In a study from Yale University, scientists reveal why belly fat surrounding organs increases as people age.
The finding could offer new treatment possibilities for improving metabolic health, thereby reducing the likelihood of diseases like diabetes and atherosclerosis that stem from inflammation.
Previous work found that as people age, their body’s ability to generate energy by burning belly fat is reduced. Consequently, fat that surrounds the internal organs increases in the elderly.
The team in the past had found that the immune cells necessary to the fat-burning process, called macrophages, were still active but their overall numbers declined as belly fat increased with aging.
In the current study, they found that something else is happening as well. Adipose B cells in belly fat unexpectedly proliferated as animals aged, contributing to increased inflammation and metabolic decline.
Normally the B cells produce antibodies and defend against infection. But with aging, the increased adipose B cells become dysfunctional, contributing to metabolic disease.
When they are working correctly, some B cells expand as needed to protect the body from infection, and then contract to baseline. But with aging, they don’t contract in belly fat.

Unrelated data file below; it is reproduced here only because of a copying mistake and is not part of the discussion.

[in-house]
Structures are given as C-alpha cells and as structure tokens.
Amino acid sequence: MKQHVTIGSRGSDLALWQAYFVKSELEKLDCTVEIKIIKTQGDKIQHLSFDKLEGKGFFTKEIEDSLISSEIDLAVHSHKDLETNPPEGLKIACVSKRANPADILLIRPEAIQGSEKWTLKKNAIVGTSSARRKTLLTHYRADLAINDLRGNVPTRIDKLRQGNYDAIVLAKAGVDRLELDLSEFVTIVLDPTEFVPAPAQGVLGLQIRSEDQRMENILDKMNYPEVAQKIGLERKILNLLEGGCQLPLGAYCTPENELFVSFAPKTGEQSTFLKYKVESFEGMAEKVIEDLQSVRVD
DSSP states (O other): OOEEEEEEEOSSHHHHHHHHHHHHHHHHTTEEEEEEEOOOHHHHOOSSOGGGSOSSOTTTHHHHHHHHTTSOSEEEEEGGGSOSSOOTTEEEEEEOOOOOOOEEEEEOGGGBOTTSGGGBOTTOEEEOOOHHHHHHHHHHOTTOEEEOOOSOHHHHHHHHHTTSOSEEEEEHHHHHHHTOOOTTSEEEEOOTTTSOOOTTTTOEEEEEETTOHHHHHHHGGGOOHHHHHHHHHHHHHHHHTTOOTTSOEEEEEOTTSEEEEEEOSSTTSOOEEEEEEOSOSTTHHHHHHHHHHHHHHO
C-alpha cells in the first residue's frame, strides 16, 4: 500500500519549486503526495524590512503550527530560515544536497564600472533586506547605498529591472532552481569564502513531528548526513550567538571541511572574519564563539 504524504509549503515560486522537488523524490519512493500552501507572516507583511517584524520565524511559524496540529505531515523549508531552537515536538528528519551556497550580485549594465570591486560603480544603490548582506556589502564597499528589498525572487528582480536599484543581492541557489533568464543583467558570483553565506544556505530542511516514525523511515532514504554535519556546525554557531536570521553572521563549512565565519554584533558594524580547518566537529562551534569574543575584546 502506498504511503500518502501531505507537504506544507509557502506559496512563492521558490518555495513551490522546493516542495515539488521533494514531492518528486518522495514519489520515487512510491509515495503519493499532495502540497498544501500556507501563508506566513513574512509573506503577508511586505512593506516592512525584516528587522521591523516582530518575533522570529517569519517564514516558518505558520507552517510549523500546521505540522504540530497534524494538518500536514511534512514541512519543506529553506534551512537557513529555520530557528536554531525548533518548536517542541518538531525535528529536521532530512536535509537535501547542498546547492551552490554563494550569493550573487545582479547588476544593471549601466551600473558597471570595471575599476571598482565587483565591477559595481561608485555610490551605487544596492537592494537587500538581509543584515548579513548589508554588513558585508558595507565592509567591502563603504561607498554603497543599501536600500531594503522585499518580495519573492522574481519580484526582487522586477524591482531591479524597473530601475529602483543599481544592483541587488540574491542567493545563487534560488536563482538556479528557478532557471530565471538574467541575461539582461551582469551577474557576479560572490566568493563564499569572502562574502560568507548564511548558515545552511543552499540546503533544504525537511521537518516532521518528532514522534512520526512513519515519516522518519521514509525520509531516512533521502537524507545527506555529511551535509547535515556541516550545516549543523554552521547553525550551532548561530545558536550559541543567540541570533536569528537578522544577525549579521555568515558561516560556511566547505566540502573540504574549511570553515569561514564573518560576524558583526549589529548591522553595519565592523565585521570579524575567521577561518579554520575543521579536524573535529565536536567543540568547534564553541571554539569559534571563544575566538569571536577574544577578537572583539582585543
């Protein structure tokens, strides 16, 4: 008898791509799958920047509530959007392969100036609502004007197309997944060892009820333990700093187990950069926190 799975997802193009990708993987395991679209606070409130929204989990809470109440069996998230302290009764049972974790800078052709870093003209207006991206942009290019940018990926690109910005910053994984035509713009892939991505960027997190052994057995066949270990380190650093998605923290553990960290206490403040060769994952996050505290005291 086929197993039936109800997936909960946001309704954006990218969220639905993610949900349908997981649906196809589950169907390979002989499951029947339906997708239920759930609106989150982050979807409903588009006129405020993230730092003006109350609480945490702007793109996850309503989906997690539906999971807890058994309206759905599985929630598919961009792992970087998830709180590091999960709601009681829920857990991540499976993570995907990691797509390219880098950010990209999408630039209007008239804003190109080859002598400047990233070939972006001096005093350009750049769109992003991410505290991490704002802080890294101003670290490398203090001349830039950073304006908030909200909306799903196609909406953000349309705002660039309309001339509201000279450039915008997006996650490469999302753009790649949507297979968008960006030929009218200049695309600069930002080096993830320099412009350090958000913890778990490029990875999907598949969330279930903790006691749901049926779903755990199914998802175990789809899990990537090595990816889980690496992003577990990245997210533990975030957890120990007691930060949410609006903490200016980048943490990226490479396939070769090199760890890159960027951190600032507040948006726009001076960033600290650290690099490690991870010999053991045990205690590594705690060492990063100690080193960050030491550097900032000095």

The team theorizes that this ongoing expansion may be due to increased human life expectancy—a pushing of the body’s cells beyond their evolutionary limits.
The researchers found that by reducing the macrophage signal and by removing adipose B cells, they could reverse the expansion process, and protect against an age-induced decline in metabolic health.
This could lead to exciting possibilities for repurposing drugs to target these dysfunctional adipose B cells for improved health outcomes and to protect against metabolic disease.
One drug, called cytokine IL-1B, reduces one of the small proteins driving this process and is currently used to protect against heart disease.
It’s important to study whether reducing this cytokine in the elderly can lower B cell expansion in belly fat.
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The study was conducted by Dr. Vishwa Deep Dixit et al and published in Cell Metabolism.
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